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Corporate Law Case Digest: Padgett v. Babcock & Templation Inc (1933)

G.R. No. L-38684         December 21, 1933
Lessons Applicable: Right of First Refusal (Corporate Law)

  • January 1, 1923 to April 15, 1929: Padgett was an employee of the Babcock & Templation Inc (Babcock)
    • he bought 35 shares at P100/share at the suggestion of the president of Babcock
    • recipient of 9 shares from Christmas bonus
    • owner of 44 shares for which the 12 certificates were issued
      • word "nontransferable" appears on each and every one of these certificates
  • Before leaving the corporation, he proposed to the president that thecorporation buy his 44 shares at par value plus the interest thereon, or that he be authorized to sell them to other persons
    • The corporation bought similar shares belonging to other employees, at par value.
  • Sometime later, the president offered to buy his shares first at P85 each and then at P80
    • he did not agree 
ISSUE: W/N the shares are transferable despite the restriction appearing therein

HELD: NO. word "nontransferable" appearing on the 12 certificates of shares of stock, is declared null and void. to issue in lieu thereof new ones without any restriction whatsoever, with the costs of both instances against the said defendant-appellants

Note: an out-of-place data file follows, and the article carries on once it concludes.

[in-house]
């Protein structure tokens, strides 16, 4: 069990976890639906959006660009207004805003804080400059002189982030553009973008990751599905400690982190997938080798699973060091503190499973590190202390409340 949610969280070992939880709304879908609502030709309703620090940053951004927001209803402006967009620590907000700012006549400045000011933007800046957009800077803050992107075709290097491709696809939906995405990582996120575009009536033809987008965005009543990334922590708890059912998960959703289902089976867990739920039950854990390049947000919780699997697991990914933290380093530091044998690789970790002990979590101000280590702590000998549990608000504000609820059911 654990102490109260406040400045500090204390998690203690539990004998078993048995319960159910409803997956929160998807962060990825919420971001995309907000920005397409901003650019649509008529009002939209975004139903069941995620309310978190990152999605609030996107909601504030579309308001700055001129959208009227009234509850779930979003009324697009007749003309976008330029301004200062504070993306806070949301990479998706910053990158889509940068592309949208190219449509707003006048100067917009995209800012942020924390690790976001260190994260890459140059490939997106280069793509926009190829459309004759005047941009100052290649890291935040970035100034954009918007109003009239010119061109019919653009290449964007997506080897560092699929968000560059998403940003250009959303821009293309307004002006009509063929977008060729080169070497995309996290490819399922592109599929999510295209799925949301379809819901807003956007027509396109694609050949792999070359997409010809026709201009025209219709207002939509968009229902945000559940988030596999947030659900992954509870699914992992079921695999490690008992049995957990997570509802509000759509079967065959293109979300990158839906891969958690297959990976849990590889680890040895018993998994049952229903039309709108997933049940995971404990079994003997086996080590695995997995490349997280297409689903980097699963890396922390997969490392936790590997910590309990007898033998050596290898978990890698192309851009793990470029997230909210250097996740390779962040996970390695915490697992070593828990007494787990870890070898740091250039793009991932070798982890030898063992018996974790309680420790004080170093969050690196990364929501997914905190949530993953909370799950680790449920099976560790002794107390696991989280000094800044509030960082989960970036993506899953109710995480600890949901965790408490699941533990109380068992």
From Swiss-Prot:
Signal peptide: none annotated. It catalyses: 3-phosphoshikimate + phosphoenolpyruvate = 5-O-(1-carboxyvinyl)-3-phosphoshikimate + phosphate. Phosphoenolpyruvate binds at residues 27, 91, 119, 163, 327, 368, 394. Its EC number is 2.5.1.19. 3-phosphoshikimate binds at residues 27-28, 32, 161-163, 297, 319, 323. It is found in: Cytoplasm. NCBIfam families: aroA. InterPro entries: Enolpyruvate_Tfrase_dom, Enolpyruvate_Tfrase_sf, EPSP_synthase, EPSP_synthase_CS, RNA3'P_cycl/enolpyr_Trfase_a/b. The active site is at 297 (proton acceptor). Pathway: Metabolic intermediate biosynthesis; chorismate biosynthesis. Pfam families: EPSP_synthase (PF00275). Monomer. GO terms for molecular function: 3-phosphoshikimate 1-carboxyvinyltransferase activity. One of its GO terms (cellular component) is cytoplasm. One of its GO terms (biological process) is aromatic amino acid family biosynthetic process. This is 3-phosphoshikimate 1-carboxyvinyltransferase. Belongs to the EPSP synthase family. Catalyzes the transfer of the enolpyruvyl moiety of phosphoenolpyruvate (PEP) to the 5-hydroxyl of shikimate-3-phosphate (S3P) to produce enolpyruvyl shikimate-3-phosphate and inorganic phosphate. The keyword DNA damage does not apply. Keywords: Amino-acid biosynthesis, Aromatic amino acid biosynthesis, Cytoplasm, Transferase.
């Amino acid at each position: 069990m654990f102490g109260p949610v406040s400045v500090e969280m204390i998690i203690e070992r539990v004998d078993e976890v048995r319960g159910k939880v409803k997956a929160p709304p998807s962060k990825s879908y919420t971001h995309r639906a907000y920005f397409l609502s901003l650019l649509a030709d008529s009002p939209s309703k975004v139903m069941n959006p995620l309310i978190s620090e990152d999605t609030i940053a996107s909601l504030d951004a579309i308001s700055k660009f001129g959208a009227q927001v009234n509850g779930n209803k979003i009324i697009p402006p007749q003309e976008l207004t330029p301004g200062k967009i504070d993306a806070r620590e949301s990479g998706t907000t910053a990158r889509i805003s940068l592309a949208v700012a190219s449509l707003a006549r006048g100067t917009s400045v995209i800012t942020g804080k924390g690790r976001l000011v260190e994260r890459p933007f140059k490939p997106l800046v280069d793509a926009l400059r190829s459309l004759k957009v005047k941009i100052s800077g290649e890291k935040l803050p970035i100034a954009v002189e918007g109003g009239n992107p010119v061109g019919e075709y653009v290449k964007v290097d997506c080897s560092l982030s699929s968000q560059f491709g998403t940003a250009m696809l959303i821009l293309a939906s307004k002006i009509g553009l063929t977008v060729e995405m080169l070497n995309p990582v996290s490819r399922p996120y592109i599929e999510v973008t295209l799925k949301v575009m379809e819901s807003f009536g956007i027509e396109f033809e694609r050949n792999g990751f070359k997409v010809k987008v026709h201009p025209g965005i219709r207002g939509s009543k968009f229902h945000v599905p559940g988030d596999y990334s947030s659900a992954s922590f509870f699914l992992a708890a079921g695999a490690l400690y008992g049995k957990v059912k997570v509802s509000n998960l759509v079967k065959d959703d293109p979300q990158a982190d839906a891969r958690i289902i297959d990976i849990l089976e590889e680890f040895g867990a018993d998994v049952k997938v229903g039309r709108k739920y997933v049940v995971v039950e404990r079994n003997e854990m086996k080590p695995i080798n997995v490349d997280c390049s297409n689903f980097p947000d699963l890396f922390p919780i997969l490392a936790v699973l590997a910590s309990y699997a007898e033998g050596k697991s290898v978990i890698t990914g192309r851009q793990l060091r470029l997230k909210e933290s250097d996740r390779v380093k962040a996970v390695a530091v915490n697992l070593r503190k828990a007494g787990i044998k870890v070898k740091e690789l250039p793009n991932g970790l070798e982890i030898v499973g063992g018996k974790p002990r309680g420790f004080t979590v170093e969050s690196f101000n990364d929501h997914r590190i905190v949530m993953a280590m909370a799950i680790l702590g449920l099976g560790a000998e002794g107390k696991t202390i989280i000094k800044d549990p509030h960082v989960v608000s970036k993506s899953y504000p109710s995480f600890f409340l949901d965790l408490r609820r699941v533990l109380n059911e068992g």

• Shares of corporate stock being regarded as property, the owner of such shares may, as a general rule, dispose of them as he sees fit, unless the corporation has been dissolved, or unless the right to do so is properly restricted, or the owner's privilege of disposing of his shares has been hampered by his own action.
  • restriction consisting in the word "nontransferable" appearing on the 12 certificates is illegal and should be eliminated
  • there has been no such contract, either express or implied, between the plaintiff and the defendants
    • In the absence of a similar contractual obligation and of a legal provision applicable thereto, it is logical to conclude that it would be unjust and unreasonable to compel the said defendants to comply with a non-existent or imaginary obligation